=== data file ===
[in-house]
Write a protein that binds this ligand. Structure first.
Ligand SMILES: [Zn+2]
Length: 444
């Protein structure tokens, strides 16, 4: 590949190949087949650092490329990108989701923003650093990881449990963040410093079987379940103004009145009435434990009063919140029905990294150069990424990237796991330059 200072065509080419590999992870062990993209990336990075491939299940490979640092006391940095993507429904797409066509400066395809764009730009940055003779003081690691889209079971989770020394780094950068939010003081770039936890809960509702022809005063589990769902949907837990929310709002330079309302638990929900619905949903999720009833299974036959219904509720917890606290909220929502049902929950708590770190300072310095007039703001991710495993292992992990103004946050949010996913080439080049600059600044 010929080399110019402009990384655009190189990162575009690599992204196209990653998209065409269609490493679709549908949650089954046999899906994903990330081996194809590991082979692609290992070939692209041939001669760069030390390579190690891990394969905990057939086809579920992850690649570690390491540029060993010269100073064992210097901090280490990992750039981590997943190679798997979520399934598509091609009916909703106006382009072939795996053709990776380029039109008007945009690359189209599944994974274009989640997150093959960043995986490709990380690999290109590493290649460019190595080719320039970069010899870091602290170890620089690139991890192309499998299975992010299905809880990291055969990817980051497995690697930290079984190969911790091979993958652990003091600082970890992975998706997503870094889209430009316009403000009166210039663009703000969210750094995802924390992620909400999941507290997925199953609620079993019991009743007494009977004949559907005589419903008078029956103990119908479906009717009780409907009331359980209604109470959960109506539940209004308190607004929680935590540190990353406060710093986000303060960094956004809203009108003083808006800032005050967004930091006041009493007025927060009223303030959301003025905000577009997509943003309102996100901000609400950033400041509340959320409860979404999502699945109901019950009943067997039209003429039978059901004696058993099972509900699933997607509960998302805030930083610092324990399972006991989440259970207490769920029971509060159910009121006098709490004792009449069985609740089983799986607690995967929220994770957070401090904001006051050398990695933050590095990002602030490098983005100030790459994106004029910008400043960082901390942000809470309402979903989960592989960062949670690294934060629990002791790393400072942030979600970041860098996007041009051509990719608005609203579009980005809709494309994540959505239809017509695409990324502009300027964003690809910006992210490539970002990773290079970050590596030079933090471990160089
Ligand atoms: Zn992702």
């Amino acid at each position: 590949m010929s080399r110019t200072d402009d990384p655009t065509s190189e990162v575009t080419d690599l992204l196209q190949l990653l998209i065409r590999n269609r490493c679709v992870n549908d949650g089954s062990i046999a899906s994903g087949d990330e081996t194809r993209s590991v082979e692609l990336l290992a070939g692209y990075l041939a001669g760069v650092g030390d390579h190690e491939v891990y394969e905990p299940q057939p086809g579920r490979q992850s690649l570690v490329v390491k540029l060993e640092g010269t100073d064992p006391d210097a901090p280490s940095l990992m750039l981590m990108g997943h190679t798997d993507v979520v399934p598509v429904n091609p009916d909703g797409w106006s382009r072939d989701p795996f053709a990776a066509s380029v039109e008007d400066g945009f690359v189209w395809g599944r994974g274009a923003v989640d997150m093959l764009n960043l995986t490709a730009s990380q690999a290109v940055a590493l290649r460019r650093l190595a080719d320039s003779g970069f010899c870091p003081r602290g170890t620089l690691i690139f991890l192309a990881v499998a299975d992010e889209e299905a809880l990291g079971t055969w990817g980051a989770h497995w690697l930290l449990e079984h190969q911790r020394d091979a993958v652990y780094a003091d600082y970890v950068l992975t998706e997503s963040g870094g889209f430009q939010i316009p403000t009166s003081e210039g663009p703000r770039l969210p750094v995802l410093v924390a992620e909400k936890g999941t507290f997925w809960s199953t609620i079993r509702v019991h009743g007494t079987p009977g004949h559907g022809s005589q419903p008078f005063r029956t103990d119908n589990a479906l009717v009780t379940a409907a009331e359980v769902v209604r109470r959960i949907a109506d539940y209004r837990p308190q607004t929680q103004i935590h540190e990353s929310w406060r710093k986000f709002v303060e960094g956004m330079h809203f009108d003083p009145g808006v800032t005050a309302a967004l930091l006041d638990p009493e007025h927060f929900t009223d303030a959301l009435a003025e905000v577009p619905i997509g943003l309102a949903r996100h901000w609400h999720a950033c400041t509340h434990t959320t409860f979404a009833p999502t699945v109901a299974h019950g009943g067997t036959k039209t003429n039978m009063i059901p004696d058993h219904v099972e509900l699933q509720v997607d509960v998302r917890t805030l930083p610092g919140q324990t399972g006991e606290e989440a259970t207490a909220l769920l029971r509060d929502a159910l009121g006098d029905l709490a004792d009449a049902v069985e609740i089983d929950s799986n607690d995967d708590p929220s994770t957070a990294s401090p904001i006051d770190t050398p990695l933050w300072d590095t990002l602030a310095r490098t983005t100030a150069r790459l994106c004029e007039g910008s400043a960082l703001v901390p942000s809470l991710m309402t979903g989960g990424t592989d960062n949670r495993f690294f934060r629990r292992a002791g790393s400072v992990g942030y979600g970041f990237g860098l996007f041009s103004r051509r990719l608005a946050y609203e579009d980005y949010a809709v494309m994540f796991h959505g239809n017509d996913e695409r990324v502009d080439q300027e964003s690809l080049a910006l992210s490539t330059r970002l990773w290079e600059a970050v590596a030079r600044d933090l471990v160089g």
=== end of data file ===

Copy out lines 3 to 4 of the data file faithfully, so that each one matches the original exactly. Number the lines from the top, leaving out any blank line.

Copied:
Ligand SMILES: [Zn+2]
Length: 444